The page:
Services during this coming week:
Wednesday, March 12,5:30 pm: Divine Liturgy of the Presanctified Gifts
Friday, March 14, 5:30 p.m.: Akathist Hymn to the Theotokos (Reader’s Service)
Sunday, March 16th
The Second Sunday of Great Lent –
Commemoration of Saint Gregory Palamas
Divine Liturgy is at 10:00 am Sunday morning,
preceded by Matins (Orthros) at 9:00 am
During the Sundays of the Church year, we each Sunday move through a repeating cycle of eight Tones, with different music and hymns for each tone, which celebrate the resurrection of Christ. This Sunday falls on Tone 5. Here is the Sunday troparion (hymn) of the Resurrection for this Sunday:
Let us believers praise and worship the Word,
co-eternal with the Father and the Spirit,
born of the Virgin for our salvation;
for He took pleasure in ascending the Cross in the flesh,
to suffer death,
and to raise the dead
by his glorious Resurrection.
And a special hymn, for the Sunday of Saint Gregory Palamas:
St. Paul’s Letter to the Hebrews 1:10-14; 2:1-3
Prokeimenon. Mode Plagal 1.
You, O Lord, shall keep us and preserve us.
Verse: Save me, O Lord, for the godly man has failed.
“IN THE BEGINNING, Thou, Lord, didst found the earth in the beginning, and the heavens are the work of thy hands; they will perish, but thou remainest; they will all grow old like a garment, like a mantle thou wilt roll them up, and they will be changed. But thou art the same, and thy years will never end.” But to what angel has he ever said, “Sit at my right hand, till I make thy enemies a stool for thy feet?” Are they not all ministering spirits sent forth to serve, for the sake of those who are to obtain salvation?
Therefore we must pay closer attention to what we have heard, lest we drift away from it. For if the message declared by angels was valid and every transgression or disobedience received a just retribution, how shall we escape if we neglect such a great salvation? It was declared at first by the Lord, and it was attested to us by those who heard him.
The Gospel of Mark 2:1-12
At that time, Jesus entered Capernaum and it was reported that he was at home. And many were gathered together, so that there was no longer room for them, not even about the door; and he was preaching the word to them. And they came, bringing to him a paralytic carried by four men. And when they could not get near him because of the crowd, they removed the roof above him; and when they had made an opening, they let down the pallet on which the paralytic lay. And when Jesus saw their faith, he said to the paralytic, “My son, your sins are forgiven.” Now some of the scribes were sitting there, questioning in their hearts, “Why does this man speak thus? It is a blasphemy! Who can forgive sins but God alone?” And immediately Jesus, perceiving in his spirit that they thus questioned within themselves, said to them, “Why do you question thus in your hearts? Which is easier, to say to the paralytic, ‘Your sins are forgiven,’ or to say, ‘Rise, take up your pallet and walk? But that you may know that the Son of man has authority on earth to forgive sins”-he said to the paralytic-“I say to you, rise, take up your pallet and go home.” And he rose, and immediately took up the pallet and went out before them all; so that they were all amazed and glorified God, saying, “We never saw anything like this!”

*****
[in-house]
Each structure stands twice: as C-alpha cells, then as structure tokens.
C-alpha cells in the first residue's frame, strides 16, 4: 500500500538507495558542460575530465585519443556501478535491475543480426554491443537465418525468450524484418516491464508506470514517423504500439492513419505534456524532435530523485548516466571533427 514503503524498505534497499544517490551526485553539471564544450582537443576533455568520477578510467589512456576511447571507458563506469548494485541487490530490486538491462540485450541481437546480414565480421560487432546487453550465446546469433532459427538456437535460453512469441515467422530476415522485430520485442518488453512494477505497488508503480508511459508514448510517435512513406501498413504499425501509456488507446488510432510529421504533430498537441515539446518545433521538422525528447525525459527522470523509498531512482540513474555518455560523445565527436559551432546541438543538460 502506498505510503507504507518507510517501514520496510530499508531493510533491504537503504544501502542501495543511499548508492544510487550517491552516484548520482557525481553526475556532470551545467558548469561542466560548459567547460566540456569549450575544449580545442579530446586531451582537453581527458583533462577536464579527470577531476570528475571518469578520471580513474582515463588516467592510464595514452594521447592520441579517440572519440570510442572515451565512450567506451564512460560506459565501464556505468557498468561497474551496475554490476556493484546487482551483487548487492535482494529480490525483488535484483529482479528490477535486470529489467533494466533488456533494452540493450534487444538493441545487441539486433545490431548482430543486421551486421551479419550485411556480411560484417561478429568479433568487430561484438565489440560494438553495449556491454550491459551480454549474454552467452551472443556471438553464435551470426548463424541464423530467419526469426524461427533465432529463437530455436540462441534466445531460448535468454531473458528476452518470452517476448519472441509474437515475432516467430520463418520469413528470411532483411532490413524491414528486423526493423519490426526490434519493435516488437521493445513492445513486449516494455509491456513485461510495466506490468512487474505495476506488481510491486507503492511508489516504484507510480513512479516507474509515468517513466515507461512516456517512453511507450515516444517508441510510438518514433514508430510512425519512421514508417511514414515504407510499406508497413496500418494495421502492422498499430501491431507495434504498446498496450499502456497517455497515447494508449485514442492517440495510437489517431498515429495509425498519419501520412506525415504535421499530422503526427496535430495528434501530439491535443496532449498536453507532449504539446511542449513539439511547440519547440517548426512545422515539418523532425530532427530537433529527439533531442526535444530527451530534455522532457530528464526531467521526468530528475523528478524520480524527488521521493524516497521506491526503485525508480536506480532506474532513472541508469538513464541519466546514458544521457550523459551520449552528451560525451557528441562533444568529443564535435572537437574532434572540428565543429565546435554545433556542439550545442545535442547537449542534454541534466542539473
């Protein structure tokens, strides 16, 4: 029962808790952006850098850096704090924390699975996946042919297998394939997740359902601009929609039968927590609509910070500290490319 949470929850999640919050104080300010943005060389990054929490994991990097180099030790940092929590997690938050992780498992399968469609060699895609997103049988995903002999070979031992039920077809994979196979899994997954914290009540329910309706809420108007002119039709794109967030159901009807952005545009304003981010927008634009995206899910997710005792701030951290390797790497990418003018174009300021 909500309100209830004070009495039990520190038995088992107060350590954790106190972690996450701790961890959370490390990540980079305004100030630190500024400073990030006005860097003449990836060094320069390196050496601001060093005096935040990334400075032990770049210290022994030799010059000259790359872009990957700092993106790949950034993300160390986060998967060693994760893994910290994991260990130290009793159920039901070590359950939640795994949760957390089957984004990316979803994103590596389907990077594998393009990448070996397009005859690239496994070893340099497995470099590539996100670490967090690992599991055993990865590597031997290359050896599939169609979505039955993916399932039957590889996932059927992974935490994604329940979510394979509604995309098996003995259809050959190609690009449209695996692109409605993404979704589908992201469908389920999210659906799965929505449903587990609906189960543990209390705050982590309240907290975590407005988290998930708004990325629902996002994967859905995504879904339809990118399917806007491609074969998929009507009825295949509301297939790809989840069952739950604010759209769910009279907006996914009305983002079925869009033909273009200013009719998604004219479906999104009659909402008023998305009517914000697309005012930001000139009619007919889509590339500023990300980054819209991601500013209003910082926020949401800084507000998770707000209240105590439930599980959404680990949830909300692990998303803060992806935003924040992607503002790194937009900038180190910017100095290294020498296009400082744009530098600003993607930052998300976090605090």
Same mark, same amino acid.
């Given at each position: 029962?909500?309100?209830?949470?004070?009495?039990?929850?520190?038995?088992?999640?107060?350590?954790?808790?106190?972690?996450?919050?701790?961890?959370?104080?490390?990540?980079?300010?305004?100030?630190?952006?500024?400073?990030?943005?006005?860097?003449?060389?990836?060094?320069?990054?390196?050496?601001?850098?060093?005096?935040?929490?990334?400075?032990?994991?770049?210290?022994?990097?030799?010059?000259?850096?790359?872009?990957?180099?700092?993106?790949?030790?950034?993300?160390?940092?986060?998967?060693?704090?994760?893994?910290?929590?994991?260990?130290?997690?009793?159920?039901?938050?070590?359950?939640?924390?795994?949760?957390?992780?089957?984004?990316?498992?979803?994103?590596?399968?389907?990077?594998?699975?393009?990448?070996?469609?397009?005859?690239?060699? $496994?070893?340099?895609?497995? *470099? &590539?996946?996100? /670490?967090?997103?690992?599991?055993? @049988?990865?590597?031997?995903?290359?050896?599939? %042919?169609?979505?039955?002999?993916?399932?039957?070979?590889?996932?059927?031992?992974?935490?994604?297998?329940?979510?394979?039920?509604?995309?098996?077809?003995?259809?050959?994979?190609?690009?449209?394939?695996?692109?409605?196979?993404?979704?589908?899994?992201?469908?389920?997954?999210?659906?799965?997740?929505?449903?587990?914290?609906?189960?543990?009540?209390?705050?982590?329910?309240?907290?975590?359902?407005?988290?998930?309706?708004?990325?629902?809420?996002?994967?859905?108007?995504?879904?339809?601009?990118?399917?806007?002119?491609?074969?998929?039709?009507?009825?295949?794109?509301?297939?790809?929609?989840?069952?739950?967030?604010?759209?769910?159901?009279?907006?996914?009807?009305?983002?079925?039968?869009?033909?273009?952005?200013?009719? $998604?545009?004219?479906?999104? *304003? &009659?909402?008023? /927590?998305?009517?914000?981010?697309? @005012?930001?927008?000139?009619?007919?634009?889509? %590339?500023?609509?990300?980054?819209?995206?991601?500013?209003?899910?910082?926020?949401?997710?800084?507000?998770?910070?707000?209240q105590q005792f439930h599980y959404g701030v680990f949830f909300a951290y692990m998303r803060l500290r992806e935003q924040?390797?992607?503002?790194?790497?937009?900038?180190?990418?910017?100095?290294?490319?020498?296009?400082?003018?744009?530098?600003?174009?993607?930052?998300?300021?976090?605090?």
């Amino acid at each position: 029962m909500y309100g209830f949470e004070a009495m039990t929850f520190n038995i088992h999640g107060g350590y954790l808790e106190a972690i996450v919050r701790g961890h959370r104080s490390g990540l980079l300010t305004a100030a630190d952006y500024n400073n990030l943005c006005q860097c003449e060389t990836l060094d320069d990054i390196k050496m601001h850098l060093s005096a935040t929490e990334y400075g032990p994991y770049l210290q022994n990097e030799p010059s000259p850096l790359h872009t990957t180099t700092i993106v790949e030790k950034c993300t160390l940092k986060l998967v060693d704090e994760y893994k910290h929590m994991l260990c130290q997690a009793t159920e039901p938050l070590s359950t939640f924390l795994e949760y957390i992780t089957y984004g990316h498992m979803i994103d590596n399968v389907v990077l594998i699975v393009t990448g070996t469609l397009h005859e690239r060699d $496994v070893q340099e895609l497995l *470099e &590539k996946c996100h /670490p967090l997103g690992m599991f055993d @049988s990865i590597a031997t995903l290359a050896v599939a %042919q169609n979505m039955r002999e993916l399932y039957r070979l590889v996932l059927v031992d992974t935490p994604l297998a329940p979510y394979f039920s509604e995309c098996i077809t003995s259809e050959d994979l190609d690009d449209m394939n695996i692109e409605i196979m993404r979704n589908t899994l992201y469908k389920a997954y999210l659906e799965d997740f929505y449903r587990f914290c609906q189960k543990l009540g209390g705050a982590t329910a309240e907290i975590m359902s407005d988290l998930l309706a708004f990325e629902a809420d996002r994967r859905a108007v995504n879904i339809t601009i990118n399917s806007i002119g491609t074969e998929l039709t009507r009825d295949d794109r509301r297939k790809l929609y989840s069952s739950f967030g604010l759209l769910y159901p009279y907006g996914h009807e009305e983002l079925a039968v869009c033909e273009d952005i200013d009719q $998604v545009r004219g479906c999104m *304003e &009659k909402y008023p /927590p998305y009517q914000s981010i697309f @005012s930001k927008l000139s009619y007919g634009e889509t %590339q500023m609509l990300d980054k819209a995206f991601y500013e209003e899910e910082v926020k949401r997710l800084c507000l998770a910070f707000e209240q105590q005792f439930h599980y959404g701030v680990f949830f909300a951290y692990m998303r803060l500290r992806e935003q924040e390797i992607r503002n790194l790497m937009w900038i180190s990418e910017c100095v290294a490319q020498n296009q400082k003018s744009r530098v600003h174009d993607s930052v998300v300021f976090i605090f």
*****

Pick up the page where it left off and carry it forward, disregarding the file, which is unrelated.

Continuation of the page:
Again we come to the Sunday celebration of the Lord’s Day within Great Lent, and find that the penitential mood of the days of the Fast is brightened by the ongoing, weekly remembrance of the bright and life-giving Resurrection of Christ, as on every Sunday, and by an additional festive commemoration. On this Sunday, the Church celebrates the memory of the great Fourteenth-Century Archbishop of Thessalonica, Saint Gregory Palamas. In particular, on this Sunday, the Church celebrates another “triumph of Orthodoxy,” a shining forth of the light of truth, in the confirmation of the teaching of Saint Gregory in defense of the spirituality of the Church known as hesychasm – the knowledge of God through the practice of silence and contemplative prayer. Countering the teachings of one Barlaam, a monk of Calabria in southern Italy (who taught that a human being could basically never have knowledge of or experience of God in this life), Saint Gregory of Thessalonica expounded that, just as the “divine and uncreated light of Tabor” experienced by the apostles Peter, James, and John during the Transfiguration of Christ shows that the “energies” of God are accessible and revealed to mortal and imperfect human beings even while on earth, so the merciful God, the Holy Trinity, may be known and encountered by His creatures. Firmly upholding that true and unceasing prayer is a calling not only for monastics or others “set apart,” but for all Christians, a biography of Saint Gregory records in a section entitled “On the Necessity of Constant Prayer for All Christians in General” how this holy father of the Church emphasized that prayer at all times should be a goal and a central part of the life of every Christian.
This text may be read here, courtesy of abbamoses.com. (http://www.abbamoses.com/unceasing.html)